Gillian Richards-Greaves, Ph.D.
Associate professor of anthropology
What piqued your interest in anthropology?
“I have always been curious about cultural practices around the world and how people of the past lived. When I was very young, I used to dig into the rubbish heaps in my local community to find old, unique, or strange utensils from the past. Potshards, bottles, shoes, and a cannonball I later used as a shotput were some of the interesting items I unearthed. I also spent countless hours ‘gyaffing’ (chatting) with older people to hear the interesting stories of how they lived in the past. However, I was so focused on becoming an electrical engineer that I overlooked my seemingly innate passion for learning about other cultures. It was not until I entered grad school at Indiana University to pursue a Ph.D. in ethnomusicology (the study of music as culture, and in culture), that I realized how integral anthropology was to the previously mentioned discipline, and to my career in general. Thus, after completing my coursework in ethnomusicology, I embarked on a second Ph.D. in anthropology, completing both degrees concurrently.”
Why did you join the CCU faculty?
“I joined the CCU faculty because of the potential for personal and professional growth. I saw opportunities to teach innovative courses, help develop new programs or grow existing ones, and to engage in a wide range of enriching service activities. Since coming to CCU, I designed and proposed a total of 15 courses, 11 of which were entirely new courses. I also worked with my colleagues to create the Department of Anthropology and Geography, which was previously a program in the Department of History. Additionally, I helped to create the Charles Joyner Institute for Gullah and African Diaspora Studies and served as its first assistant director. While CCU is a relatively small university, it offers substantive support for faculty, especially for professional development.”
What do you most enjoy about the University?
“What I enjoy most about CCU are competent, supportive colleagues. Whenever I embark on a project, I never worry about my limitations because I am confident that I can draw on the wealth of expertise of collegial, hardworking peers to get the job done. Knowing this makes me feel invincible.”
You recently received a Fulbright IIE (Institute of International Education) grant to teach at Nnamdi Azikiwe University in Anambra State, Nigeria. What will that entail?
“During my Fulbright, I will teach interactive, experiential learning courses that investigate the complexities of ethnicity and race in Africa and its diasporas. I will also work with faculty at Nnamdi Azikiwe University on curriculum and program development, including the diversification of course offerings, the use of innovative technology in the classroom, virtual instruction, and distance learning. I also plan to offer training and support in the use of ethnographic research methods and to engage in faculty-student research projects and publications.”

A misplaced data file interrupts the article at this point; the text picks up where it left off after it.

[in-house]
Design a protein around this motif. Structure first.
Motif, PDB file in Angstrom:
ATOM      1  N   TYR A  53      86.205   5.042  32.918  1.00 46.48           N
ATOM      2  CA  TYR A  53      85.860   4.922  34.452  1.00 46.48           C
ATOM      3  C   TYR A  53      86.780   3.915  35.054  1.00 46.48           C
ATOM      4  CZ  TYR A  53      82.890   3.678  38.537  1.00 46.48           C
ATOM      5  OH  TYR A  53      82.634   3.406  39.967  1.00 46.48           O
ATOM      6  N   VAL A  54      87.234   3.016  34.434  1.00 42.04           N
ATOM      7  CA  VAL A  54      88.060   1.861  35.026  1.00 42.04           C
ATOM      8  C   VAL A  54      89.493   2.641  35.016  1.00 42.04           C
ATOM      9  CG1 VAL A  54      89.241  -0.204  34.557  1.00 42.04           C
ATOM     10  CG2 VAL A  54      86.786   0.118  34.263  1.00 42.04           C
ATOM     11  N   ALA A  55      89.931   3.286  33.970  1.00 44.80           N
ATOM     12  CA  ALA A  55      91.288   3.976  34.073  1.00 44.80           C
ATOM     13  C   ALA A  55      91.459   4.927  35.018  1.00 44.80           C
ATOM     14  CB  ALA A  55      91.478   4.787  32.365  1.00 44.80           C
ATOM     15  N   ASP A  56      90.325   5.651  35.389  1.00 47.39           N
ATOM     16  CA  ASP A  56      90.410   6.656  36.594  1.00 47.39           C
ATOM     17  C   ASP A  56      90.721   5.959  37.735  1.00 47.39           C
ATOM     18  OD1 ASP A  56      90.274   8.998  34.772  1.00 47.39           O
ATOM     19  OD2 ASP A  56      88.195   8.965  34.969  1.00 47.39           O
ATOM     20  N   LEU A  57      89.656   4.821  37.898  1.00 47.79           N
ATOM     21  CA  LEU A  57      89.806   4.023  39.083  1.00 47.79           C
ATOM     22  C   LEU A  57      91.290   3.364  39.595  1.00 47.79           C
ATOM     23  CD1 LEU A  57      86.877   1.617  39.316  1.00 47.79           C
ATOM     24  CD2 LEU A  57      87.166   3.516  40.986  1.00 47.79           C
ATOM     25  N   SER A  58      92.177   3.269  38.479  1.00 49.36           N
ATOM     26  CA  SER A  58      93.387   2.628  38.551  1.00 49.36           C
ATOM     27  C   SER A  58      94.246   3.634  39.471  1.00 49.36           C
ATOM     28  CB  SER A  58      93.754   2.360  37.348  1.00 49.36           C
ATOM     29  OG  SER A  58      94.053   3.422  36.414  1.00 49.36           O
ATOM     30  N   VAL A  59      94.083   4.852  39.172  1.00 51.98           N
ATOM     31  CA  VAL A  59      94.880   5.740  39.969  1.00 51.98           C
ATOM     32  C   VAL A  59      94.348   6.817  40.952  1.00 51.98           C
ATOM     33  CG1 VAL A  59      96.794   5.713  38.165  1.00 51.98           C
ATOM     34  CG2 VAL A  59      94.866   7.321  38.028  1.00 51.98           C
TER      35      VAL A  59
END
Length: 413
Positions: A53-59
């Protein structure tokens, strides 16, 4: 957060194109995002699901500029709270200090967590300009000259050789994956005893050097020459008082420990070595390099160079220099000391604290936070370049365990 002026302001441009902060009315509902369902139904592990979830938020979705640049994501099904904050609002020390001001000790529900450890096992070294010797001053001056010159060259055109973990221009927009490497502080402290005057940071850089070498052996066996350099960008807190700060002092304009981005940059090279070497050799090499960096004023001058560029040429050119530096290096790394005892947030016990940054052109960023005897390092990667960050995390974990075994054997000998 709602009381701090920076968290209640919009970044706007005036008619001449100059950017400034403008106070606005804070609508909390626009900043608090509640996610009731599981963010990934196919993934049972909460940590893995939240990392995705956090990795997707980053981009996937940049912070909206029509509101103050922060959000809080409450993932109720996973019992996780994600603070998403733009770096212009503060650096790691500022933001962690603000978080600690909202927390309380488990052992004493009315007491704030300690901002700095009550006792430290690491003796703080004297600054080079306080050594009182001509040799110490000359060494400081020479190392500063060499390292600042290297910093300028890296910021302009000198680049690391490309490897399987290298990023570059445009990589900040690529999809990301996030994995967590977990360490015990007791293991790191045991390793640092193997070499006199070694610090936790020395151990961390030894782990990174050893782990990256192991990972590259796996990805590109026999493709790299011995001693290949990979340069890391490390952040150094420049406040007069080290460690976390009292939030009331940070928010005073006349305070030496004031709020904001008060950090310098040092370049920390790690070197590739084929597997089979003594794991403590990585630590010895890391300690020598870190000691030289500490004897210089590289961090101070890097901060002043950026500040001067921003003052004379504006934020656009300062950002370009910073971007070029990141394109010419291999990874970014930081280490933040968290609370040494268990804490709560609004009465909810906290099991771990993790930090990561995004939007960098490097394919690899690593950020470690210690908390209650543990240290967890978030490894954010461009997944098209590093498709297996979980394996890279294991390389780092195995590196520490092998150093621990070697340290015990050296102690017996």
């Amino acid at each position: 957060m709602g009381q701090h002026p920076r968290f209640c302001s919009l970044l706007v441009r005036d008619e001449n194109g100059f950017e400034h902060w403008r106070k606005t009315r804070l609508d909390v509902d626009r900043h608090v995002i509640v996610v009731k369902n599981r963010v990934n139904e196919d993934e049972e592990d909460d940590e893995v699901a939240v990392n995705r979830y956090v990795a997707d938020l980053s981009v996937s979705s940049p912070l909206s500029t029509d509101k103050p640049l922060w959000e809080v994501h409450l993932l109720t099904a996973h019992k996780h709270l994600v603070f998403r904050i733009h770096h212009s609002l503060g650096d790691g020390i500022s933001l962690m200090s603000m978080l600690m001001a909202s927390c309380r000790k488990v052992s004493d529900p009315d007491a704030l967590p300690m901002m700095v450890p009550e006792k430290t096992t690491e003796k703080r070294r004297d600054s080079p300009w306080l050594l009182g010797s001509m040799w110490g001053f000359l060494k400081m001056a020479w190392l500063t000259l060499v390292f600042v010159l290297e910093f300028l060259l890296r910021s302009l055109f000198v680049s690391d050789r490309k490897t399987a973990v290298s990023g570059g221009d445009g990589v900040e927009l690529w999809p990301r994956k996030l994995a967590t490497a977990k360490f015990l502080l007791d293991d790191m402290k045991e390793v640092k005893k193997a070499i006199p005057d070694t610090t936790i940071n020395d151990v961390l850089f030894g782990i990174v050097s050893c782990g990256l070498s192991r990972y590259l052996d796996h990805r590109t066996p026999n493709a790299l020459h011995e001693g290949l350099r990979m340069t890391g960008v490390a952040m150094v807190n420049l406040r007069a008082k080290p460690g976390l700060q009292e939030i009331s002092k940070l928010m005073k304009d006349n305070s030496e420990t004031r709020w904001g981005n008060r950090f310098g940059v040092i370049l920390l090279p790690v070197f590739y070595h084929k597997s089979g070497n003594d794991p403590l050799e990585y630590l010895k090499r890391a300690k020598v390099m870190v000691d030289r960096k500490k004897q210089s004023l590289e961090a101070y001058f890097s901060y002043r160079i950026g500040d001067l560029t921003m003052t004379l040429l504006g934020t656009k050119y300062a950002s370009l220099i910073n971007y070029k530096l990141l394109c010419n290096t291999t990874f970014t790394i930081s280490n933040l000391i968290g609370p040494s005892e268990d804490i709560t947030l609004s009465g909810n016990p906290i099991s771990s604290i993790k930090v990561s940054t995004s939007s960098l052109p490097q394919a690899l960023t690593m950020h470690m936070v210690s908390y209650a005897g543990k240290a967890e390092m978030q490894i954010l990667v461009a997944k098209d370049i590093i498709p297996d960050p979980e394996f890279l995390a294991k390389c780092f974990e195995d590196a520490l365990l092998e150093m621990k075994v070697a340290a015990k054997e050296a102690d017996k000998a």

Your research on the African Diaspora has expanded to include the Gullah Geechee community of South Carolina. What types of projects are you working on?
“In the past, I have worked on the development of the Joyner Institute. The goals of the institute are local (working with the Gullah Geechee community in the United States); academic (offering a minor in African and African diaspora studies); and international, supporting study abroad programs to the Caribbean, Africa, and other spaces where the African diaspora reside. I also assisted with student-led Athenaeum Press projects on Sandy Island.
“I’m working on a project in the Yawkey Fishing Village, under the auspices of archaeologist Jodi Barnes, Ph.D. She was hired by the S.C. Department of Natural Resources to work on a project to identify human remains that were discovered on the beach of South Island after Hurricane Irma in 2017. This collaborative project incorporates archaeology, oral history, archival research, and DNA analysis. I am conducting the ethnography and oral history portion of the project. The ultimate goal is to identify the descendants of the deceased and to give him a proper burial.
“I’m also part of a collaborative Igbo Landing project involving the Center for Igbo Studies (Dominican University) and several Gullah Geechee organizations. This project is in its seminal stage.”
Gillian Richards-Greaves is an anthropologist and ethnomusicologist whose research interests include the musical, cultural, linguistic, and ritual expressions of the African diaspora, particularly of the English-speaking Caribbean. She earned a Ph.D. in anthropology and ethnomusicology from Indiana University at Bloomington.